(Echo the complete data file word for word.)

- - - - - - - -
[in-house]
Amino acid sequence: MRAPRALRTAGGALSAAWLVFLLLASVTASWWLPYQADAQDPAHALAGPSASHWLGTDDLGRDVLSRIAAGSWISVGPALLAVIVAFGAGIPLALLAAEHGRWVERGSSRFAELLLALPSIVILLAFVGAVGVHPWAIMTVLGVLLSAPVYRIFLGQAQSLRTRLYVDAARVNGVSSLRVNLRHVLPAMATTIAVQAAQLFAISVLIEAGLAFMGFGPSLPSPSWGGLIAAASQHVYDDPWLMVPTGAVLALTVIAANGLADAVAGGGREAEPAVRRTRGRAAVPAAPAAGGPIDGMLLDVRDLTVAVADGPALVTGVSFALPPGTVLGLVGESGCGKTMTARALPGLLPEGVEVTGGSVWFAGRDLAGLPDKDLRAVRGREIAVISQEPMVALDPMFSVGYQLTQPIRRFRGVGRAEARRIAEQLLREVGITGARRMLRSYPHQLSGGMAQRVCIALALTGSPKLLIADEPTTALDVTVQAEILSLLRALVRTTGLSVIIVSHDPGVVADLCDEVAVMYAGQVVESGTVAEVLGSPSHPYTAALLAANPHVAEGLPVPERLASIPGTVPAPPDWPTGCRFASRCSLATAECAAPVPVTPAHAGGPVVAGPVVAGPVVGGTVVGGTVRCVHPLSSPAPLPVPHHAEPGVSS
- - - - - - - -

[in-house]
Amino acid sequence: MRAPRALRTAGGALSAAWLVFLLLASVTASWWLPYQADAQDPAHALAGPSASHWLGTDDLGRDVLSRIAAGSWISVGPALLAVIVAFGAGIPLALLAAEHGRWVERGSSRFAELLLALPSIVILLAFVGAVGVHPWAIMTVLGVLLSAPVYRIFLGQAQSLRTRLYVDAARVNGVSSLRVNLRHVLPAMATTIAVQAAQLFAISVLIEAGLAFMGFGPSLPSPSWGGLIAAASQHVYDDPWLMVPTGAVLALTVIAANGLADAVAGGGREAEPAVRRTRGRAAVPAAPAAGGPIDGMLLDVRDLTVAVADGPALVTGVSFALPPGTVLGLVGESGCGKTMTARALPGLLPEGVEVTGGSVWFAGRDLAGLPDKDLRAVRGREIAVISQEPMVALDPMFSVGYQLTQPIRRFRGVGRAEARRIAEQLLREVGITGARRMLRSYPHQLSGGMAQRVCIALALTGSPKLLIADEPTTALDVTVQAEILSLLRALVRTTGLSVIIVSHDPGVVADLCDEVAVMYAGQVVESGTVAEVLGSPSHPYTAALLAANPHVAEGLPVPERLASIPGTVPAPPDWPTGCRFASRCSLATAECAAPVPVTPAHAGGPVVAGPVVAGPVVGGTVVGGTVRCVHPLSSPAPLPVPHHAEPGVSS